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By Dr. Marie Gould Harper
Program Director, Management, American Public University
“Motivation for change must be generated before change can occur. One must be helped to re-examine many cherished assumptions about oneself and one’s relations to others.” – Kurt Lewin
Psychologist Kurt Lewin’s model of organizational change focuses on how to motivate a person to want to change. But how do you condition someone with entrenched thinking to accept organizational change?
Although Lewin’s model is helpful for laying a foundation for a change management initiative, changes within an organization take time. Changes are also dependent on workers’ emotions affecting their behavior and their willingness to accept inevitable transformations.
How the Lewin Model Is Used in an Organization
Lewin’s three-phase model of organizational change is comprehensive and addresses all aspects of any organization. During the first phase (Unfreeze), you should:
- Conduct a needs assessment to determine who and what needs to change.
- Present your information and “get the green light” from the senior management team.
- Create opportunities to discuss why change is needed through an open forum.
- Implement a system to solicit and address concerns and challenges about the change.
The next stage (Change) highlights the importance of communication by:
- Keeping everyone informed on a regular basis by communicating information about the change initiative.
- Dispelling rumors about what changes are occurring and why.
- Collaborating with staff to obtain their buy-in, so they feel empowered to take action when necessary.
- Involving the workforce at every step in the process, so they feel a sense of ownership.
The final stage (Refreeze) puts processes in place to sustain organizational changes:
- Establish the changes in the organization’s culture.
- Develop ways to sustain the changes.
- Provide support and training.
Implementing the Lewin Model of Organizational Change in Your Own Company
If your organization has made the decision that it’s time to make a change, consider drafting a plan using Lewin’s model. A sample format might include the following:
- Research and determine what needs to change and why it needs to change.
- Present findings to the senior management team and acquire approval to proceed.
- Keep communication lines open by establishing a timeline to discuss milestones and progress.
- Select a sample of your employee population to serve as a focus group.
- Ensure that the focus group is representative of each level of your organization.
- Communicate what you expect to achieve and how they can assist you with accomplishing the initiative.
- Solicit feedback on the best approach to initiate change for the project.
- “Deputize” the focus group(s) to be ambassadors for the workforce.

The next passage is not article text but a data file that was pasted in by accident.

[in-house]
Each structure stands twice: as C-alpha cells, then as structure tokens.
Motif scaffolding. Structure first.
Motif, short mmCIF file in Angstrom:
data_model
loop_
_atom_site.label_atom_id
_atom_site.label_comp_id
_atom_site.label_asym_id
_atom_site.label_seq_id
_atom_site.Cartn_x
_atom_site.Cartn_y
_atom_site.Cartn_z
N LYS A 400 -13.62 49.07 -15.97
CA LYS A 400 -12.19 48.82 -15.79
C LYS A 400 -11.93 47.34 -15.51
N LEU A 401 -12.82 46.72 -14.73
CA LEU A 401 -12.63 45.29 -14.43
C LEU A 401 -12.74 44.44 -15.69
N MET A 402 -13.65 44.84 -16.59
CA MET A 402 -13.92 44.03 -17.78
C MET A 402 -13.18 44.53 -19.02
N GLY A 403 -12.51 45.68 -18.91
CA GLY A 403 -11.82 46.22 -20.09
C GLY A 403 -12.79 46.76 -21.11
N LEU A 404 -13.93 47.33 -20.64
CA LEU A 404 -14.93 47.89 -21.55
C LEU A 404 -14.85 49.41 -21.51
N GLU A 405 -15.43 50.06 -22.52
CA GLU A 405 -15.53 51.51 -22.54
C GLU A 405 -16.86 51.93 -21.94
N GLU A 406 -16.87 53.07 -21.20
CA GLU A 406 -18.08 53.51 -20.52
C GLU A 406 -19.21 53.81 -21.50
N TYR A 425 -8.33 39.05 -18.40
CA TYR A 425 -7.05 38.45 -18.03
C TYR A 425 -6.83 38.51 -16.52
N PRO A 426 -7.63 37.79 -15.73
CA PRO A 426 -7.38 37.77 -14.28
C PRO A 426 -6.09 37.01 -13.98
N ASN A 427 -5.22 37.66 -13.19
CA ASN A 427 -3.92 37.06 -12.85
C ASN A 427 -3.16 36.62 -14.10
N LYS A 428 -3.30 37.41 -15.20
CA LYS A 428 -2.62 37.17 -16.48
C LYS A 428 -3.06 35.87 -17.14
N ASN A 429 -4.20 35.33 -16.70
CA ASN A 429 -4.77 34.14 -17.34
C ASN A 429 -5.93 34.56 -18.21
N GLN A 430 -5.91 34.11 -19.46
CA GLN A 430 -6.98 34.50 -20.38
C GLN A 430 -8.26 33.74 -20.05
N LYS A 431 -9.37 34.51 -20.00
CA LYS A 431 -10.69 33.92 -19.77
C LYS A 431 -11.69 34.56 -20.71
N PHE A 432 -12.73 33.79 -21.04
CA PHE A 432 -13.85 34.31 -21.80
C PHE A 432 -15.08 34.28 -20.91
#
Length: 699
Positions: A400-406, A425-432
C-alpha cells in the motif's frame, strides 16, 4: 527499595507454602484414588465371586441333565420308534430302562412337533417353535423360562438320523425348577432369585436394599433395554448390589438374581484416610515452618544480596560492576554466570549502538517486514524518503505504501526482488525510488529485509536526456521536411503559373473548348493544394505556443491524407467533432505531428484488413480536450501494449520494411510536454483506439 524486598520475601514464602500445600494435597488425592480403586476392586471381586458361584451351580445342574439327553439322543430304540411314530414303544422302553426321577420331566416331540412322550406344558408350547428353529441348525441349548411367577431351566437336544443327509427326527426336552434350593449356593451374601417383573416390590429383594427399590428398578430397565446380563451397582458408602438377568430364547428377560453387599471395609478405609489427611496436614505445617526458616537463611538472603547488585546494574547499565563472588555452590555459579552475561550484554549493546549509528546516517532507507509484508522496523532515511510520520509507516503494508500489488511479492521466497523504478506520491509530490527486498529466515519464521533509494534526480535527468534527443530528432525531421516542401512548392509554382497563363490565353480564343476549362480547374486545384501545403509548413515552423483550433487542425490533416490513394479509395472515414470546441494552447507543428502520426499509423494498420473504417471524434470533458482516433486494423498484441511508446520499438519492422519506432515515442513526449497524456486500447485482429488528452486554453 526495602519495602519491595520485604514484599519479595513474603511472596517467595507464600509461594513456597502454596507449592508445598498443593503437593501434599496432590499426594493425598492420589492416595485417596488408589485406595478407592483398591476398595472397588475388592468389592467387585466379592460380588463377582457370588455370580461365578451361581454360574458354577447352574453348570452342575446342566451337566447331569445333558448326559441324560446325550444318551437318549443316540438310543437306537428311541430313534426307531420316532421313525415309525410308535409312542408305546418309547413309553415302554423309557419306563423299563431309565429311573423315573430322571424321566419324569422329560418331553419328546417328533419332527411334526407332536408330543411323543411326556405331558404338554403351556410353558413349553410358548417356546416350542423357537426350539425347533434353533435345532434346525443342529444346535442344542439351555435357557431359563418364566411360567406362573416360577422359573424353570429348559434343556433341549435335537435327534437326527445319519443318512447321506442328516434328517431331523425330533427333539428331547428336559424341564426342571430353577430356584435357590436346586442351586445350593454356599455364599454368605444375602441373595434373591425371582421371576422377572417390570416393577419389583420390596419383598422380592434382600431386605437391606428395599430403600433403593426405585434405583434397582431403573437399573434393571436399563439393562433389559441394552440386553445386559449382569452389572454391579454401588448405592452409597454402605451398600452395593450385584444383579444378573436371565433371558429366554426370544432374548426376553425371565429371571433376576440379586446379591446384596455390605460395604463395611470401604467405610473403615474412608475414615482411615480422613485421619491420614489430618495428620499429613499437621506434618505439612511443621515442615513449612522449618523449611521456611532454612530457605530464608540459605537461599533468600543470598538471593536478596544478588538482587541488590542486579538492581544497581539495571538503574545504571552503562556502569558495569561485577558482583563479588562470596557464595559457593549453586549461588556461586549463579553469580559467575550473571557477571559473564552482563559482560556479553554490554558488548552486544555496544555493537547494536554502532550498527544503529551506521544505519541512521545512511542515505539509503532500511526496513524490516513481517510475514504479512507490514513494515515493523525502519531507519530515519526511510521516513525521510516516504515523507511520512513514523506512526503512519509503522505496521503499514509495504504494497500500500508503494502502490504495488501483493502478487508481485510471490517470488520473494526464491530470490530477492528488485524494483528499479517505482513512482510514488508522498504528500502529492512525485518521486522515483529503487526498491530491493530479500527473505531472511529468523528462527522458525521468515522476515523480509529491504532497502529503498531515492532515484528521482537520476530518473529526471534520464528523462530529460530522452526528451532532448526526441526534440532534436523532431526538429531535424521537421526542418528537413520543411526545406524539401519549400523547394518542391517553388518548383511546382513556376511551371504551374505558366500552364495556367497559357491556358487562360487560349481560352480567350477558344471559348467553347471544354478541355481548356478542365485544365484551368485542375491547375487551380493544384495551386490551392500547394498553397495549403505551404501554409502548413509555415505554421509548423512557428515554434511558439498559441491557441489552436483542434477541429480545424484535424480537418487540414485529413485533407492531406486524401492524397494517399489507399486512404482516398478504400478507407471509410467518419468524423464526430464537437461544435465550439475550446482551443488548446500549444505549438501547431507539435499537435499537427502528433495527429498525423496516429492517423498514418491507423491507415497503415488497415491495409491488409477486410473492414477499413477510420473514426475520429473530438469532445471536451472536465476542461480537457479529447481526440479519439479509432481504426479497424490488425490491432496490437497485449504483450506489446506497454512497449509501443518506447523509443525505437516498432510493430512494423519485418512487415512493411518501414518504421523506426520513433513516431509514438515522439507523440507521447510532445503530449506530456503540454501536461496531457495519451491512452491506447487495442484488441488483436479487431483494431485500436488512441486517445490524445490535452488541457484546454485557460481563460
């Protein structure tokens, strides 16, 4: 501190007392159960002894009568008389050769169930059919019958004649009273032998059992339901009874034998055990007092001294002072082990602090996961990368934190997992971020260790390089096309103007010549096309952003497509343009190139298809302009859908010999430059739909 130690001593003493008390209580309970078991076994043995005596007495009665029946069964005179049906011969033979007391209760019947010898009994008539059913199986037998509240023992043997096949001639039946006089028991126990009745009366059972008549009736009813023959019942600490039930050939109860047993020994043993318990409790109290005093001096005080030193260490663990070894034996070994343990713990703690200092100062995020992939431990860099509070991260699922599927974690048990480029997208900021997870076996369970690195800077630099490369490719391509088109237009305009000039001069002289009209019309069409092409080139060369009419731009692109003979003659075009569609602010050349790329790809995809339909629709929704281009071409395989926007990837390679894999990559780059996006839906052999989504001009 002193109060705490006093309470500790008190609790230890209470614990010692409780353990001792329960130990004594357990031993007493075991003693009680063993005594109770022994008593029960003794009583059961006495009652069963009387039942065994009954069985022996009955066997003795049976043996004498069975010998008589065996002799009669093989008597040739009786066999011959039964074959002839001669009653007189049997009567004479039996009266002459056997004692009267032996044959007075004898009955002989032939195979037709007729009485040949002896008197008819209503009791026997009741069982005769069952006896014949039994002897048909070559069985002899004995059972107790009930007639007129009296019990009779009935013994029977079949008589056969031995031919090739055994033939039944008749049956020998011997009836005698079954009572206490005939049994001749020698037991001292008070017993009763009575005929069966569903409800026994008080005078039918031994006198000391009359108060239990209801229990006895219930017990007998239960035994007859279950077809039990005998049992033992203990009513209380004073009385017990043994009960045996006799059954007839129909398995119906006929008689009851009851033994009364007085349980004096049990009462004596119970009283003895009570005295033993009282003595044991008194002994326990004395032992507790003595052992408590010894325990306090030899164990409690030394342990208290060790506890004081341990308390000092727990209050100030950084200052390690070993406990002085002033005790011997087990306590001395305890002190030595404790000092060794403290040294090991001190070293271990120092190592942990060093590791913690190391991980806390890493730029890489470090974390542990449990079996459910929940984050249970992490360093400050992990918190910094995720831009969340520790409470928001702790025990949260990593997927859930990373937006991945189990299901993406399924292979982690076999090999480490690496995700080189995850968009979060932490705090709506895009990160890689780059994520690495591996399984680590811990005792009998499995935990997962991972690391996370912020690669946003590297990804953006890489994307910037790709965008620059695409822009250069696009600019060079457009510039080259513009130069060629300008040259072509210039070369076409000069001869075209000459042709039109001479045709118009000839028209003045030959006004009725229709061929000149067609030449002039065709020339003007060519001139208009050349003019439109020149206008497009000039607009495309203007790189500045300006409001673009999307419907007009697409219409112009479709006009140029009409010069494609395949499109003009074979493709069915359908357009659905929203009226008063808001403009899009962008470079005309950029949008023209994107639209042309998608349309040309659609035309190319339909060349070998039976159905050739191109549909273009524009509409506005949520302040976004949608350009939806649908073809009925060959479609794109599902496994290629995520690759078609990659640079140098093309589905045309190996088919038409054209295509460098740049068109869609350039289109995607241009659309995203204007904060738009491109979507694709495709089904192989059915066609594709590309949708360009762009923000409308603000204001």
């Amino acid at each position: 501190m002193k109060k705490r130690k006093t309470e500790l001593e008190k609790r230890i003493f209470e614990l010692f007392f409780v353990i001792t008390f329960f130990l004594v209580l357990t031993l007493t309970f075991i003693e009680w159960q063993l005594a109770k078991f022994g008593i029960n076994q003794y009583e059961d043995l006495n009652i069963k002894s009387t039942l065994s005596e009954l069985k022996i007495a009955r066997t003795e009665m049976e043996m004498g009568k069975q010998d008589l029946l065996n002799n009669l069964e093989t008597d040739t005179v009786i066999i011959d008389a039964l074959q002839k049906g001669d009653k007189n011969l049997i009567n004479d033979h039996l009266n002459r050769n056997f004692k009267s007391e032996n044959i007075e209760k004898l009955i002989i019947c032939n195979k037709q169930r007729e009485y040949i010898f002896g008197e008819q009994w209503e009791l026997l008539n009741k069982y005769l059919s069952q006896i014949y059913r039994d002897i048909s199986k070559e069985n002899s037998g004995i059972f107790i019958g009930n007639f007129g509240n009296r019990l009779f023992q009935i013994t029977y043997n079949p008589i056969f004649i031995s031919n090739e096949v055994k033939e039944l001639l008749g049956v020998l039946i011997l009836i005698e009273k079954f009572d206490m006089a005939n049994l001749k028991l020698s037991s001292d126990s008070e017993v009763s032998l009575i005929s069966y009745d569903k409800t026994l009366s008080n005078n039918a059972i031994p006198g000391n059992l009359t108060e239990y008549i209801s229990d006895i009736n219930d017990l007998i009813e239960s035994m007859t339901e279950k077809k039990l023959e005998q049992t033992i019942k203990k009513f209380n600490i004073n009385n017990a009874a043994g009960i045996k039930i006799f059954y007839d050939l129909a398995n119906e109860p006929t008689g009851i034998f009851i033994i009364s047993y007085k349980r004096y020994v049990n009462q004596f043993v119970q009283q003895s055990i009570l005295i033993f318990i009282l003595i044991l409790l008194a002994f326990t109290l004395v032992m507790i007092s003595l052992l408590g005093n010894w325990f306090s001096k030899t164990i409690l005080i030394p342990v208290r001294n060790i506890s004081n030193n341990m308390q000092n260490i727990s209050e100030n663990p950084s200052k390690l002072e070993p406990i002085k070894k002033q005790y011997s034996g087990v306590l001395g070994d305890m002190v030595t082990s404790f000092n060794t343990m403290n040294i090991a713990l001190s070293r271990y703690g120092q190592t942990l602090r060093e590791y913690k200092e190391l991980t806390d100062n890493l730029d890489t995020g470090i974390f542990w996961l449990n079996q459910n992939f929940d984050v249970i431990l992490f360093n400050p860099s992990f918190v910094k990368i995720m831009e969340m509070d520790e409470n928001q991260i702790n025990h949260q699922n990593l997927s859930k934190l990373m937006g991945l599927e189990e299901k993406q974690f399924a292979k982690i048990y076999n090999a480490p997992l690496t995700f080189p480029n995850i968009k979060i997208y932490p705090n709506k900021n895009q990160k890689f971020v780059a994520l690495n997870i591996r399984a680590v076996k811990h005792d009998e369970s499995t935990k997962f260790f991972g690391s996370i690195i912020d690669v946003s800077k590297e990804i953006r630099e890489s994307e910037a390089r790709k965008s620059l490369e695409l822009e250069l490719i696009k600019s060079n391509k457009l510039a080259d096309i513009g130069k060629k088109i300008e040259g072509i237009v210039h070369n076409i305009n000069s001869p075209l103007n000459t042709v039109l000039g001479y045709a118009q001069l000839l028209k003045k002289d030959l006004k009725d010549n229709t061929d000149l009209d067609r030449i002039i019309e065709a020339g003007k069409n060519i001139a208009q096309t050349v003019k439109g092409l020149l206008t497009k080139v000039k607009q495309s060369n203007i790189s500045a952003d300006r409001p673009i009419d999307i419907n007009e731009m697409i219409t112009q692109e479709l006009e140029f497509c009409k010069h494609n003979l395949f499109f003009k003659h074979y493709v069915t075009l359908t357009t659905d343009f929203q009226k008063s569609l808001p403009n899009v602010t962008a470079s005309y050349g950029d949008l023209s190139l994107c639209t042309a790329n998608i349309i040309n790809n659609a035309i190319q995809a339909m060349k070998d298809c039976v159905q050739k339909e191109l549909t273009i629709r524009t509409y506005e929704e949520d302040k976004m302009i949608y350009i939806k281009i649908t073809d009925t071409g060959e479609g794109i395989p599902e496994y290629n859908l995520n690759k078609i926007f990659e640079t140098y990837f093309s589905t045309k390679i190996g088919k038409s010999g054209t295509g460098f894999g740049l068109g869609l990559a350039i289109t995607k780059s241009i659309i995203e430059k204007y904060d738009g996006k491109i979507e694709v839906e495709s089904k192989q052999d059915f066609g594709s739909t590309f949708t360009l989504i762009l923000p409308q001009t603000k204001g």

- Create an environment in which employees feel trusted and valued versus micromanaged.
- Allow the middle management team to serve as facilitators, subject matter experts and coaches while empowering work teams to develop the game plan.
- Consider allowing teams or committees to implement the changes throughout the organization.
- Secure an external consultant (or external temporary leader) to serve as mediator/project manager of the initiative.
By following Lewin’s model for organizational change, you may have the opportunity to foster necessary employee motivation and transition your company to the next level. Those employees will support any changes, because they were instrumental in creating them.
Remember to keep the engagement level high by:
- Communicating often and encouraging feedback (positive and negative)
- Making sure senior management is visible and accessible
- Creating opportunities for employees to develop their skill set while going through the process
- Providing an atmosphere that encourages self-management
- Recognizing employees for their hard work
- Nurturing leader-follower relationships
Organizations will have a higher percentage of success if they ensure that the overall organizational change plan includes strategies to address communication, inclusion and empowerment.
The suggested format also provides an opportunity to increase the level of engagement among employees from various levels. That will add credibility to the process of change, improve its chances of sustainability, and minimize any defectors or derailments.
About the Author
Dr. Marie Gould Harper is the Program Director of Management at American Public University. She holds an undergraduate degree in psychology from Wellesley College, a master’s degree in instructional systems from Pennsylvania State University and a doctorate in business from Capella University. She is a progressive coach, facilitator, writer, strategist and human resources/organizational development professional with more than 30 years of leadership, project management, and administrative experience. Dr. Gould Harper has worked in both corporate and academic environments.
Dr. Gould Harper is an innovative thinker and influential leader, manifesting people skills, a systematic approach to problems, organizational vision and ability to inspire followers. She is committed to continuous improvement in organizational effectiveness and human capital development, customer service and the development of future leaders.